28. 28. Why thinking like a comedian might help withlegal compliance 28
  29. 29. 29
  30. 30. Disclaimers In Ads: 101 30
  31. 31. Disclaimers – What, Why and How• Dictionaries define a disclaimer as a renunciation or denial – a statement that negates or limits in some way* *Marketers should not use a disclaimer to negate the main message of an ad• Marketers often make use of disclaimers in ads to disclose important information that is required by law or is necessary for the reader to better understand the ad• This is commonly done by marking the headline with an asterisk signaling to the reader that a footnote to the headline is to be found elsewhere in the ad 31
  32. 32. Disclaimers – What, Why and How• Disclaimers often serve a useful purpose and are usually necessitated by the complexity of the offers being advertised, by space restrictions in the ad medium being used, and/or by financial constraints – e.g., there are different compliance challenges for mobile marketing vs. outdoor advertising• In most cases, the text that is asterisked is the main message and is in large easy-to-read print• A disclaimer that properly adds information is not a problem so long as the ad, taken as a whole, is not materially deceptive 32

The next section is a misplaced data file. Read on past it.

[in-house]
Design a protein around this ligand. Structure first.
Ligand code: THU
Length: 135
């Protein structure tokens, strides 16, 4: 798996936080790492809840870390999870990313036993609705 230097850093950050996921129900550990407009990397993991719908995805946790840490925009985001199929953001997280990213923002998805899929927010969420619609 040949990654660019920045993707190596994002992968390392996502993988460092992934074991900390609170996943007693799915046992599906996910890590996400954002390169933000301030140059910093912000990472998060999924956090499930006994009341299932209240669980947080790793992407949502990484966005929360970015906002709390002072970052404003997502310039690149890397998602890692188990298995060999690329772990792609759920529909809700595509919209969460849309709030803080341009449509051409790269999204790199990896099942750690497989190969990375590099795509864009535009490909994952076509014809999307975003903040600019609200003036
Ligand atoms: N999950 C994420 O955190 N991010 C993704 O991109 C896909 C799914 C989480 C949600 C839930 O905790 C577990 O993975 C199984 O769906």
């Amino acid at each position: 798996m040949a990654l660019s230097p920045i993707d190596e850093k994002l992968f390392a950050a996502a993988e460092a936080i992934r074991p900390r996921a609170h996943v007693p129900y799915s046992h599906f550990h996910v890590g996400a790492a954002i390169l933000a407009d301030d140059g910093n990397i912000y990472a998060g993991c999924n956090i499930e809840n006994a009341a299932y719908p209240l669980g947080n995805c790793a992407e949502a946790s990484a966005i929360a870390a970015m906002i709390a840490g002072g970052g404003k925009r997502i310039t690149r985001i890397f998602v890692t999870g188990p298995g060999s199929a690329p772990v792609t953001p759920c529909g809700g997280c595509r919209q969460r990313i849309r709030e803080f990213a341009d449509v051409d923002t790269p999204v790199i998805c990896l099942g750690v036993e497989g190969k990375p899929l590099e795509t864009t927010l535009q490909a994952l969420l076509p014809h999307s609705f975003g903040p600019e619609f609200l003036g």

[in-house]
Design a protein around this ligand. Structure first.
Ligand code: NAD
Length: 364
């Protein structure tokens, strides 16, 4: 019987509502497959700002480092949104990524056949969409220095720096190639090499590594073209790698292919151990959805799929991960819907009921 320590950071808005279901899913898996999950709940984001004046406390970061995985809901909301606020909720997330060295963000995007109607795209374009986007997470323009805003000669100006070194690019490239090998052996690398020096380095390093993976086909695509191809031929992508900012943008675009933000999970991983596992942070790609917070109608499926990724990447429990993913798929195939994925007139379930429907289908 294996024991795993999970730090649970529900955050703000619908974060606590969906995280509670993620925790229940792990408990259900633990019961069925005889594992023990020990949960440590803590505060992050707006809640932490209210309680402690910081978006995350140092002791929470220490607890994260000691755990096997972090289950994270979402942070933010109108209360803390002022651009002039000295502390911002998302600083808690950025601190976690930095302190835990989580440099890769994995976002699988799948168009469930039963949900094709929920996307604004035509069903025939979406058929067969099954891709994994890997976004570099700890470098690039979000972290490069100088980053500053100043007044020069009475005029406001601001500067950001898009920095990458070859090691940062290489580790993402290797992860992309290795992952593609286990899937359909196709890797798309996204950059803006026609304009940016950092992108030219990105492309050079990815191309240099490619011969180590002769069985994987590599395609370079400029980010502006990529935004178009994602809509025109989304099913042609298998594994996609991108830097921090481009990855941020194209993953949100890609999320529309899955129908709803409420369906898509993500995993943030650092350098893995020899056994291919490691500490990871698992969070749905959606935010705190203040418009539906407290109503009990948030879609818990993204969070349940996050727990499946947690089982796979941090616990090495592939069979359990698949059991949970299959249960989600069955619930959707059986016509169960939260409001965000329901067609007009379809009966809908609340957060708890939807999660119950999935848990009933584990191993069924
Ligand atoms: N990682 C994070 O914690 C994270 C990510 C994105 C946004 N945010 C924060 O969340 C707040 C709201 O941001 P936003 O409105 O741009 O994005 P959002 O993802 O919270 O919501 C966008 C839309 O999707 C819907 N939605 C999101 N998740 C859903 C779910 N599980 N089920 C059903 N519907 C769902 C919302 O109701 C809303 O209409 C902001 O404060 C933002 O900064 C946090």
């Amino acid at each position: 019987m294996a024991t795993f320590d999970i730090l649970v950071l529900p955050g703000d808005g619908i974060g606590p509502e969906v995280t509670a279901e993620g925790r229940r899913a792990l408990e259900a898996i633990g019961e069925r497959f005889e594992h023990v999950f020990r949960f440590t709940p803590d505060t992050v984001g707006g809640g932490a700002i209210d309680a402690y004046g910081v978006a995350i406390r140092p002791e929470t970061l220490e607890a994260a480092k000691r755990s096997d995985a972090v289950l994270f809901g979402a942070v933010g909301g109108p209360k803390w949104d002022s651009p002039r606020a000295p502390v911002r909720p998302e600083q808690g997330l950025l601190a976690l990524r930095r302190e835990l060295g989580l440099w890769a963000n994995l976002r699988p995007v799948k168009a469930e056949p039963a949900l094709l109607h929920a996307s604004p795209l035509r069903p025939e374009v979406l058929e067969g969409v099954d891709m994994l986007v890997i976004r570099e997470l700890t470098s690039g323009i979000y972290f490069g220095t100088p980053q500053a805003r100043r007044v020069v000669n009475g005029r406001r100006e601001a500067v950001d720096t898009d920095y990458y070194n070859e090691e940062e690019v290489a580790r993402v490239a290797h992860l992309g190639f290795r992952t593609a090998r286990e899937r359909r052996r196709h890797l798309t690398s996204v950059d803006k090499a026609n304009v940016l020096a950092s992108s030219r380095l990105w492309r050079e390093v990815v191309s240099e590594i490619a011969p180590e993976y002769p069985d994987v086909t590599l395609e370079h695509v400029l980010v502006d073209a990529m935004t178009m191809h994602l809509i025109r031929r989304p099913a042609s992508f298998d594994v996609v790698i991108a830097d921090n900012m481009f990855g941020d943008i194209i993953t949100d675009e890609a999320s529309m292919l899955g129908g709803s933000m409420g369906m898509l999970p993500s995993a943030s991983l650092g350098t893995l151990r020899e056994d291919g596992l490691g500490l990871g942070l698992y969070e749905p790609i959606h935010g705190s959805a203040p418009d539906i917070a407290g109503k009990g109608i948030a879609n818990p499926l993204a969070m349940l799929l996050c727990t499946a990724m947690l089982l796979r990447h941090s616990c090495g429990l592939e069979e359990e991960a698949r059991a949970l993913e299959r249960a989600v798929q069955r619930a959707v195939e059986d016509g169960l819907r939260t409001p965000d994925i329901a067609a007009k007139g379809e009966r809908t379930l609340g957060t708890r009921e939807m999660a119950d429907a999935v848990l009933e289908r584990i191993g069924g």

33. 33. Disclaimers – Problems• Problems arise when the asterisk refers to important information which may negate or otherwise limit the plain meaning of the main message• Disclaimers that restrict rather than expand upon, or contradict rather than clarify, the main message usually raise legal concerns about deceptive advertising 33
  34. 34. Disclaimers – Costs• Costs to business and brand include loss of consumer trust and bad PR associated with deceptive advertising• Federal regulators (such as the Competition Bureau) may take enforcement action and impose substantial fines and jail terms• Provincial regulators (in specialized areas such as OMVIC for Ontario motor vehicle dealers and MTCU for Ontario private career colleges) may take enforcement action and impose sanctions including fines and revocation of marketers’ licenses/registrations 34